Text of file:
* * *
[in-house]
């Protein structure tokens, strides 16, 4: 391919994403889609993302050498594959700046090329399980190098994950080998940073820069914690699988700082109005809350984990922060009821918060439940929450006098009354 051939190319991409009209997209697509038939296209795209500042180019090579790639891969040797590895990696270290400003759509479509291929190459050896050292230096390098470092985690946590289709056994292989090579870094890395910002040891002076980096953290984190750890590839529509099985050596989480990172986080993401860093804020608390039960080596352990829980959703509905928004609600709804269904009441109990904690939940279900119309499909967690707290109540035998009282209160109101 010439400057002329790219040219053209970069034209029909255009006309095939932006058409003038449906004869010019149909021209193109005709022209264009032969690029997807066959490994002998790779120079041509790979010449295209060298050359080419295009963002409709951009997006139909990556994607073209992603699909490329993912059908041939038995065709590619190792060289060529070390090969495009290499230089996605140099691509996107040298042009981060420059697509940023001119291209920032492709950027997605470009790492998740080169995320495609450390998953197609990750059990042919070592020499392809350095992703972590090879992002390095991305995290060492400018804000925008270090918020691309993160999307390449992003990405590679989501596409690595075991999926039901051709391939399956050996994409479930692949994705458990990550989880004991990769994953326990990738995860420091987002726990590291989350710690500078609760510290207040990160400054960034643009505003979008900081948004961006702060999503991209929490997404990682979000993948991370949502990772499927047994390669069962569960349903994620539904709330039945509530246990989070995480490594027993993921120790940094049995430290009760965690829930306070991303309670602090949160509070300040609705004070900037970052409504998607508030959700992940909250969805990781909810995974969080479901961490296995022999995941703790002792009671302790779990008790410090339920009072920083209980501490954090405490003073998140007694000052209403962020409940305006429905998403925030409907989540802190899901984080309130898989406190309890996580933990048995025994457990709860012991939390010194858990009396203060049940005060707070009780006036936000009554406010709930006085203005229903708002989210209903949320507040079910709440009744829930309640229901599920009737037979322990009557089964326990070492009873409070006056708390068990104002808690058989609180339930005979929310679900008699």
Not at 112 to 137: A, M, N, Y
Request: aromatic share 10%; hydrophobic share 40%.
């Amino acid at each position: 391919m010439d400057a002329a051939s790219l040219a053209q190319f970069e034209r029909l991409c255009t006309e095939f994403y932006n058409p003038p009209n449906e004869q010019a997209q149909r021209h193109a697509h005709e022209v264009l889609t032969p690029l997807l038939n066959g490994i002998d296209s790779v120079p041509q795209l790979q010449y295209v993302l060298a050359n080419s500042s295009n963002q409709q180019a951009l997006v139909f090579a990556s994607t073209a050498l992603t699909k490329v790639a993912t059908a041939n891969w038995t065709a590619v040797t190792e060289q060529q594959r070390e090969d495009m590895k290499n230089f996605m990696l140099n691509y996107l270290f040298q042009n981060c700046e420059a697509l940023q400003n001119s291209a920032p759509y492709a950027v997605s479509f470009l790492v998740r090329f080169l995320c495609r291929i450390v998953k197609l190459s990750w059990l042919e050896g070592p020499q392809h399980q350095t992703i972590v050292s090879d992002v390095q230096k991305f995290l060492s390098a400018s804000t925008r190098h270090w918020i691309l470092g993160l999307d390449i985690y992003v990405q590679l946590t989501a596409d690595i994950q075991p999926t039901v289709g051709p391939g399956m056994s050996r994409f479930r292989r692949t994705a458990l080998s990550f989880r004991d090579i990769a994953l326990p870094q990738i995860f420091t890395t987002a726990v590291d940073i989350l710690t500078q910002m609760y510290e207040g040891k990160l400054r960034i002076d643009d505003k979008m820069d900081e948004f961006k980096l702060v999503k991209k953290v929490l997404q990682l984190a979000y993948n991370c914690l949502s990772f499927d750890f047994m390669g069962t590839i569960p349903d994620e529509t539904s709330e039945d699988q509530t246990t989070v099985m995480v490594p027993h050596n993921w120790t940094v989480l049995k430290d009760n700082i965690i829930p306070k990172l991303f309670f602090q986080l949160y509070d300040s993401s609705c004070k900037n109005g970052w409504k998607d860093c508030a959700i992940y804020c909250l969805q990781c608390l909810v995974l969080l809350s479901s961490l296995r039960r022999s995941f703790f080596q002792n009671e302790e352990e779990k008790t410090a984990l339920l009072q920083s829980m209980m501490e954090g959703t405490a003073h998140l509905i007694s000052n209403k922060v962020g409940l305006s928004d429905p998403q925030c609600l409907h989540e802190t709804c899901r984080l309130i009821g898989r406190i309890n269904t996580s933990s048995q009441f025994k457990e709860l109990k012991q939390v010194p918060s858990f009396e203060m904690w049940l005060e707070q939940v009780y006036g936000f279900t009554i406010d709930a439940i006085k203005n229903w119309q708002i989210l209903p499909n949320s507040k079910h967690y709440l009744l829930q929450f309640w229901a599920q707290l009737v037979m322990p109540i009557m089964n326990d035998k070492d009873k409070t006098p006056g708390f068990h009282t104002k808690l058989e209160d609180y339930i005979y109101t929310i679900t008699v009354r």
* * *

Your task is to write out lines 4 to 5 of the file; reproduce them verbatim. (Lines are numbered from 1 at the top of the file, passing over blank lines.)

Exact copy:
Request: aromatic share 10%; hydrophobic share 40%.
């Amino acid at each position: 391919m010439d400057a002329a051939s790219l040219a053209q190319f970069e034209r029909l991409c255009t006309e095939f994403y932006n058409p003038p009209n449906e004869q010019a997209q149909r021209h193109a697509h005709e022209v264009l889609t032969p690029l997807l038939n066959g490994i002998d296209s790779v120079p041509q795209l790979q010449y295209v993302l060298a050359n080419s500042s295009n963002q409709q180019a951009l997006v139909f090579a990556s994607t073209a050498l992603t699909k490329v790639a993912t059908a041939n891969w038995t065709a590619v040797t190792e060289q060529q594959r070390e090969d495009m590895k290499n230089f996605m990696l140099n691509y996107l270290f040298q042009n981060c700046e420059a697509l940023q400003n001119s291209a920032p759509y492709a950027v997605s479509f470009l790492v998740r090329f080169l995320c495609r291929i450390v998953k197609l190459s990750w059990l042919e050896g070592p020499q392809h399980q350095t992703i972590v050292s090879d992002v390095q230096k991305f995290l060492s390098a400018s804000t925008r190098h270090w918020i691309l470092g993160l999307d390449i985690y992003v990405q590679l946590t989501a596409d690595i994950q075991p999926t039901v289709g051709p391939g399956m056994s050996r994409f479930r292989r692949t994705a458990l080998s990550f989880r004991d090579i990769a994953l326990p870094q990738i995860f420091t890395t987002a726990v590291d940073i989350l710690t500078q910002m609760y510290e207040g040891k990160l400054r960034i002076d643009d505003k979008m820069d900081e948004f961006k980096l702060v999503k991209k953290v929490l997404q990682l984190a979000y993948n991370c914690l949502s990772f499927d750890f047994m390669g069962t590839i569960p349903d994620e529509t539904s709330e039945d699988q509530t246990t989070v099985m995480v490594p027993h050596n993921w120790t940094v989480l049995k430290d009760n700082i965690i829930p306070k990172l991303f309670f602090q986080l949160y509070d300040s993401s609705c004070k900037n109005g970052w409504k998607d860093c508030a959700i992940y804020c909250l969805q990781c608390l909810v995974l969080l809350s479901s961490l296995r039960r022999s995941f703790f080596q002792n009671e302790e352990e779990k008790t410090a984990l339920l009072q920083s829980m209980m501490e954090g959703t405490a003073h998140l509905i007694s000052n209403k922060v962020g409940l305006s928004d429905p998403q925030c609600l409907h989540e802190t709804c899901r984080l309130i009821g898989r406190i309890n269904t996580s933990s048995q009441f025994k457990e709860l109990k012991q939390v010194p918060s858990f009396e203060m904690w049940l005060e707070q939940v009780y006036g936000f279900t009554i406010d709930a439940i006085k203005n229903w119309q708002i989210l209903p499909n949320s507040k079910h967690y709440l009744l829930q929450f309640w229901a599920q707290l009737v037979m322990p109540i009557m089964n326990d035998k070492d009873k409070t006098p006056g708390f068990h009282t104002k808690l058989e209160d609180y339930i005979y109101t929310i679900t008699v009354r």